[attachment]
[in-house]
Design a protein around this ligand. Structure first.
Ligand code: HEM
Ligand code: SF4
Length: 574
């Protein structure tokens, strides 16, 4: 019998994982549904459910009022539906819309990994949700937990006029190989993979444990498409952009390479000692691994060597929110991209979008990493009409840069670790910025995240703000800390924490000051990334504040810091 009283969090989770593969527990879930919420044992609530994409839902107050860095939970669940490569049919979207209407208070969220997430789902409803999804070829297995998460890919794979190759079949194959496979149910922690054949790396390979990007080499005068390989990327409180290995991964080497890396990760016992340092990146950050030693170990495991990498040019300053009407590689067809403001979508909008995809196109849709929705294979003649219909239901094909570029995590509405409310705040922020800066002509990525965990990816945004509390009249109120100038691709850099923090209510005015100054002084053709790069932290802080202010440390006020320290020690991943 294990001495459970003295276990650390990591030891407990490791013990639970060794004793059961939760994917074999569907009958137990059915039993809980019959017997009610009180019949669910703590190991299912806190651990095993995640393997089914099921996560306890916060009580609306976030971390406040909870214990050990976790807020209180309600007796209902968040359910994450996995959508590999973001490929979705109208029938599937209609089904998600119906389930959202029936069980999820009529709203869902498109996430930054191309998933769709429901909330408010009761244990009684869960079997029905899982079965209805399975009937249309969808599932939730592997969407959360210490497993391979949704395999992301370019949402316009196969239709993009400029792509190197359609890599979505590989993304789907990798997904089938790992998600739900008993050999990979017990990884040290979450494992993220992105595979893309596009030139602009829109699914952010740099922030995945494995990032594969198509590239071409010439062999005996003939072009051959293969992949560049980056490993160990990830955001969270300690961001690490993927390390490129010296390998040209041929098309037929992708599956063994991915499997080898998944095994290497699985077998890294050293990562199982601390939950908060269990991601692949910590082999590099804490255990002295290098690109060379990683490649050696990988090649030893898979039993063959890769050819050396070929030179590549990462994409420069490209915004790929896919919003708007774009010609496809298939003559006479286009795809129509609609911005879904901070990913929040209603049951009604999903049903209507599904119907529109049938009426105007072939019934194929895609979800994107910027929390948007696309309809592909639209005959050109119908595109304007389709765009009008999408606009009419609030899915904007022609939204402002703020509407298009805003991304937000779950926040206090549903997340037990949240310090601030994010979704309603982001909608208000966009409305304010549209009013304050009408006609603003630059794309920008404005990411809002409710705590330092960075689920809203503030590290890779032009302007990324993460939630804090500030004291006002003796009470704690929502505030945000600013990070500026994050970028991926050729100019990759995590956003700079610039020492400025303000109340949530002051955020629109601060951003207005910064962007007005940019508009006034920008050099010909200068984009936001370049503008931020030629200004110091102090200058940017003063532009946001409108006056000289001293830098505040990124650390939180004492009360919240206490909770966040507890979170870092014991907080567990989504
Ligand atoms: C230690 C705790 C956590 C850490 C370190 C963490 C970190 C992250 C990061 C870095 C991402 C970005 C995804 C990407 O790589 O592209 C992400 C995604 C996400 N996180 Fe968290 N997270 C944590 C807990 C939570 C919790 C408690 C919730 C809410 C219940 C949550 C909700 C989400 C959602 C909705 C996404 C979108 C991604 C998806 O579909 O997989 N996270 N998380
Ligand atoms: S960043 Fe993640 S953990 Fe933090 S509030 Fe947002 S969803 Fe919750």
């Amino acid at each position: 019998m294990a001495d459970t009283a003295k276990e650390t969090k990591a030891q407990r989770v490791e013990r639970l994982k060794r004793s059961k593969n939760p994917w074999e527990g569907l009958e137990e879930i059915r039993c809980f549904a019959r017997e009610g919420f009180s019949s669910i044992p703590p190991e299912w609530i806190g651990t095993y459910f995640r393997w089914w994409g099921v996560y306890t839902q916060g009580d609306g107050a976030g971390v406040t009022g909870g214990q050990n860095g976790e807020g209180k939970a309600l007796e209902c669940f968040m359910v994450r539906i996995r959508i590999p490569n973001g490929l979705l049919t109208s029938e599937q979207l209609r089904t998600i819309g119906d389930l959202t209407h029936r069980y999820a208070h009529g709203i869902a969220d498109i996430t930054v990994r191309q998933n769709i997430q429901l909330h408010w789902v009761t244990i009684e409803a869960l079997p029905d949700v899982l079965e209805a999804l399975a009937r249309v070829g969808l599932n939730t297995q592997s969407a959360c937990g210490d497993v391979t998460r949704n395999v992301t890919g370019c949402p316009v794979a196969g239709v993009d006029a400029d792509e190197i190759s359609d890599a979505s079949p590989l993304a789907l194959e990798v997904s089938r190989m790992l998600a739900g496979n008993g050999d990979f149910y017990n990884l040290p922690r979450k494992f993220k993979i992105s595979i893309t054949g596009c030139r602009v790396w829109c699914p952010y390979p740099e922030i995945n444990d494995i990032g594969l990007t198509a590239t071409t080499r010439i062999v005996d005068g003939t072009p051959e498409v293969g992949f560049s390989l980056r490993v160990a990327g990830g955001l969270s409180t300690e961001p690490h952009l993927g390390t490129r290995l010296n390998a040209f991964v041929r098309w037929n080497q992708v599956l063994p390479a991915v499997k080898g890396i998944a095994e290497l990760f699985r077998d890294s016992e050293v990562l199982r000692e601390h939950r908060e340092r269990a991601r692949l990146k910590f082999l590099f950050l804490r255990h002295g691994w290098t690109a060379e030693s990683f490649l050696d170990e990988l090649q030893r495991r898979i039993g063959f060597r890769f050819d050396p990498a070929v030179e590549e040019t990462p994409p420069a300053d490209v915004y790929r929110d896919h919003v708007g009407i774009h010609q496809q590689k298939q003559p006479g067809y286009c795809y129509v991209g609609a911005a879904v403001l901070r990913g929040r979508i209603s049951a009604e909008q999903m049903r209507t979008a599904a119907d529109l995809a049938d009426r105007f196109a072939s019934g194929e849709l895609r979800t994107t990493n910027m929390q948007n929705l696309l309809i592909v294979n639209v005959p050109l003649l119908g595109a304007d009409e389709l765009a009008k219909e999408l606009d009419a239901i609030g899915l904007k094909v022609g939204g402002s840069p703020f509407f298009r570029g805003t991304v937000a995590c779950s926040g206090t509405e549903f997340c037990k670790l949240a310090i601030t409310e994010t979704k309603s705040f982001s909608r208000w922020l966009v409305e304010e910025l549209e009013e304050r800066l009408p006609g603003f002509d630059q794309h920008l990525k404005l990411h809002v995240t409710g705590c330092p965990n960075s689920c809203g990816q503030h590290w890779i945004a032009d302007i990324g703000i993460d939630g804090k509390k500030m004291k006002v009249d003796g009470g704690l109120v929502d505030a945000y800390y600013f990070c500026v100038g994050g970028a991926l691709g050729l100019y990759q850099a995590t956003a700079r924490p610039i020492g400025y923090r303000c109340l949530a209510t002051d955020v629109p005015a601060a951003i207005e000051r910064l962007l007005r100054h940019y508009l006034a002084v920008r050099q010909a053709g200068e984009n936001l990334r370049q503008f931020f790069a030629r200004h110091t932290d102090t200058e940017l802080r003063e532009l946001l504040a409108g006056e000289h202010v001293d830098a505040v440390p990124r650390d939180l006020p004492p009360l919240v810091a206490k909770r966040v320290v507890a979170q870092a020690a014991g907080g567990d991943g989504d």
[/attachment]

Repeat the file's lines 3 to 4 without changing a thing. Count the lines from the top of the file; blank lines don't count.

Ligand code: HEM
Ligand code: SF4